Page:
We spend a third of our lives asleep. Every organism on Earth—from rats to dolphins to fruit flies to microorganisms—relies on sleep for its survival, yet science is still wrestling with a fundamental question: Why does sleep exist?
On September 14th, 2015, a ripple in the fabric of space, created by the violent collision of two distant black holes over a billion years ago, washed across the Earth. As it did, two laser-based detectors momentarily twitched, confirming a century-old prediction by Albert Einstein and marking the opening of a new era in astronomy.
Extra dimensions of space — the idea that we are immersed in hyperspace — may be key to explaining the fundamental nature of the universe. Relativity introduced time as the fourth dimension, and Einstein’s subsequent work envisioned more dimensions still — but ultimately hit a dead end.
Proposed a century ago to better explain the mind-bending behavior of the smallest constituents of the universe, quantum theory has implications far beyond the atom. This rich set of laws has applications both practical and extraordinary.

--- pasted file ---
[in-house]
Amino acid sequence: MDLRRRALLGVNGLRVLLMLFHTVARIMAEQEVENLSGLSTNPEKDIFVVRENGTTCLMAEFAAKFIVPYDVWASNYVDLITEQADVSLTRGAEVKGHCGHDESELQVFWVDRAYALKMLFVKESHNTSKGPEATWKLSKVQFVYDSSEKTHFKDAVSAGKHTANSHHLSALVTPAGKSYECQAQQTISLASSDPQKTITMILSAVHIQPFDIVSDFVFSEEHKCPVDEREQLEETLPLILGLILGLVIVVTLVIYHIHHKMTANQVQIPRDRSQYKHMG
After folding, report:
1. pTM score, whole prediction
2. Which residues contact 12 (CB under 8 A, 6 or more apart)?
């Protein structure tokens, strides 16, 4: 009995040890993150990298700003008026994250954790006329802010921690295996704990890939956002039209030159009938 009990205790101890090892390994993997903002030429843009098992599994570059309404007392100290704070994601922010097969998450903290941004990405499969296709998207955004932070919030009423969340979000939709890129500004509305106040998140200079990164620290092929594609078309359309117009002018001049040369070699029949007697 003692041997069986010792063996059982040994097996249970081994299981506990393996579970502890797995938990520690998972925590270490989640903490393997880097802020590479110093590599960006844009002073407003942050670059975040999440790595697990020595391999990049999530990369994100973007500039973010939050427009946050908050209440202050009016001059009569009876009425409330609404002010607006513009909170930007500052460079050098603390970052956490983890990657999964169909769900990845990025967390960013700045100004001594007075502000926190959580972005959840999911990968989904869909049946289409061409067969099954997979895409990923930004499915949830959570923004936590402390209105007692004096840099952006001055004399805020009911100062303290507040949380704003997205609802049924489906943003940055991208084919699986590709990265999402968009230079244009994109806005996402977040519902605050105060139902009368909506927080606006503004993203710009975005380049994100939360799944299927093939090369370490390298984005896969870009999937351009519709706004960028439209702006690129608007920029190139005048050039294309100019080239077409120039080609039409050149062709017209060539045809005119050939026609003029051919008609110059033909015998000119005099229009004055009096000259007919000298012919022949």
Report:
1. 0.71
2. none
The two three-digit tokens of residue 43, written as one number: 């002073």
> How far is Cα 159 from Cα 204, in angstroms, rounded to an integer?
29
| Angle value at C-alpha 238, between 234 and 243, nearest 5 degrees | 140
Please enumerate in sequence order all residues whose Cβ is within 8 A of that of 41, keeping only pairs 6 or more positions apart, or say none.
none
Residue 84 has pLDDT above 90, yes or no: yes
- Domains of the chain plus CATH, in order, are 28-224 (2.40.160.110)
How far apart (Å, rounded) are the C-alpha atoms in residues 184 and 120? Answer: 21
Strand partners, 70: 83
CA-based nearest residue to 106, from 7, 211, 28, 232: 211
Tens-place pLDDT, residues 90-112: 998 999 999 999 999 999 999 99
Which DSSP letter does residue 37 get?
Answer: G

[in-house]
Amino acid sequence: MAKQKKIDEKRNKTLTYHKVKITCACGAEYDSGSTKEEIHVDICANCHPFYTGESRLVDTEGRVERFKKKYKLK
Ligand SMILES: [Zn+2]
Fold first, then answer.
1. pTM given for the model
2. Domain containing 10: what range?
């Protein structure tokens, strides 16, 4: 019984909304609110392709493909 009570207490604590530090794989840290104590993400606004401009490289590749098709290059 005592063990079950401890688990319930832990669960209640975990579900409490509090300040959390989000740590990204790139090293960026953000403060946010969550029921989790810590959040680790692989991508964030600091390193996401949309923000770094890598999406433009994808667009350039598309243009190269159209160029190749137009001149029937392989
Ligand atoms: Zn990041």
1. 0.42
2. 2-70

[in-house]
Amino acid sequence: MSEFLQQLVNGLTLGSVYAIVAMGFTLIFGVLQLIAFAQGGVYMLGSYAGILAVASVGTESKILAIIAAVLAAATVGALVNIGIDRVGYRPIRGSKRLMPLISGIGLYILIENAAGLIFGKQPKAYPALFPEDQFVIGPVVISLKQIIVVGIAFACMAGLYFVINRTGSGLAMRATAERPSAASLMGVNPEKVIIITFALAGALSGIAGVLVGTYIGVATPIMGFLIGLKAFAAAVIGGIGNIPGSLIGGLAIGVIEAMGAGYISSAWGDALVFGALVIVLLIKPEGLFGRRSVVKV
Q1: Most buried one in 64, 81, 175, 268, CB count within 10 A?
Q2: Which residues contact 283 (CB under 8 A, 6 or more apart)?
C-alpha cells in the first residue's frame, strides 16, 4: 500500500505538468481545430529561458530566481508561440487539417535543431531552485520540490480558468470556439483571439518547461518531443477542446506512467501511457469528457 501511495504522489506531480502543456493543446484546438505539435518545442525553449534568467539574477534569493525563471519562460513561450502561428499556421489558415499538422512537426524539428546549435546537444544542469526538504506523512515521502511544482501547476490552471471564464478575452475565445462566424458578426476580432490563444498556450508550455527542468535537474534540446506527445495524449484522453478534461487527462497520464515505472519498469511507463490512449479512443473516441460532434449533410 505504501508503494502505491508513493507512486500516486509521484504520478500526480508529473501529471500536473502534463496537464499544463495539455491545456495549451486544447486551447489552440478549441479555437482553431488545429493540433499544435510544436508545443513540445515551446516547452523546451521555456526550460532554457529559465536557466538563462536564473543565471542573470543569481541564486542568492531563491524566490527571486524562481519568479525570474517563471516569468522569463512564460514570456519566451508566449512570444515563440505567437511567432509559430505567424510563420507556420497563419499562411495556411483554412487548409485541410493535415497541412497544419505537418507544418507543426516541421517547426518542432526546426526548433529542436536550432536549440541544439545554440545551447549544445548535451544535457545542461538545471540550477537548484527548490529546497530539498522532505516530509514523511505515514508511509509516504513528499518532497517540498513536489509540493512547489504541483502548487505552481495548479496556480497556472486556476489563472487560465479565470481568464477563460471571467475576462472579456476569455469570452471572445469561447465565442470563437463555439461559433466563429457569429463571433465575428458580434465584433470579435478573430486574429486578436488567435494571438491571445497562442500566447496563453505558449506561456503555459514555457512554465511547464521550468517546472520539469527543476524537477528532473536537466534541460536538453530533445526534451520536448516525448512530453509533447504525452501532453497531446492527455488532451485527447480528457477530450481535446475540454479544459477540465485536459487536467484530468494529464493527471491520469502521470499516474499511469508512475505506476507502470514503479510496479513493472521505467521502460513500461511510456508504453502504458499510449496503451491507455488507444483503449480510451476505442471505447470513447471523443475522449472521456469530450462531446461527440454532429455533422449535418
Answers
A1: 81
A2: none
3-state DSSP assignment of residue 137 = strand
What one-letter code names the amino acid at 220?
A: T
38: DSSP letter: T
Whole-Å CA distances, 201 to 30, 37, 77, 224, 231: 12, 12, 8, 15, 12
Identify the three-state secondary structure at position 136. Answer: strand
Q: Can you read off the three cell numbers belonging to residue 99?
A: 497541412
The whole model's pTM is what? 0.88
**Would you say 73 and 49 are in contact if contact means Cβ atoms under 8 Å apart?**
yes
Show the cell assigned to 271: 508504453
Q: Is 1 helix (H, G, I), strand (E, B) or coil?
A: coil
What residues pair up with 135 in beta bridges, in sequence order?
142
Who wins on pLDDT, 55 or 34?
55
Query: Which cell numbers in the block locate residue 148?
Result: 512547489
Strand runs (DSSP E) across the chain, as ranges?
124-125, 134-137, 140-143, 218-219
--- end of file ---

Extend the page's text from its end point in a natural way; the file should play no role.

When no one is looking, a particle has near limitless potential: it can be nearly anywhere. But measure it, and the particle snaps to one position. How do subatomic objects shed their quantum weirdness?
What we touch. What we smell. What we feel. They’re all part of our reality. But what if life as we know it reflects only one side of the full story? Some of the world’s leading physicists think that this may be the case.
The multiverse hypothesis, suggesting that our universe is but one of perhaps infinitely many, speaks to the very nature of reality. Join physicist Brian Greene, cosmologists Alan Guth and Andrei Linde, and philosopher Nick Bostrom as they discuss and debate this controversial implication of forefront research.
Why is there something rather than nothing? And what does ‘nothing’ really mean? More than a philosophical musing, understanding nothing may be the key to unlocking deep mysteries of the universe, from dark energy to why particles have mass.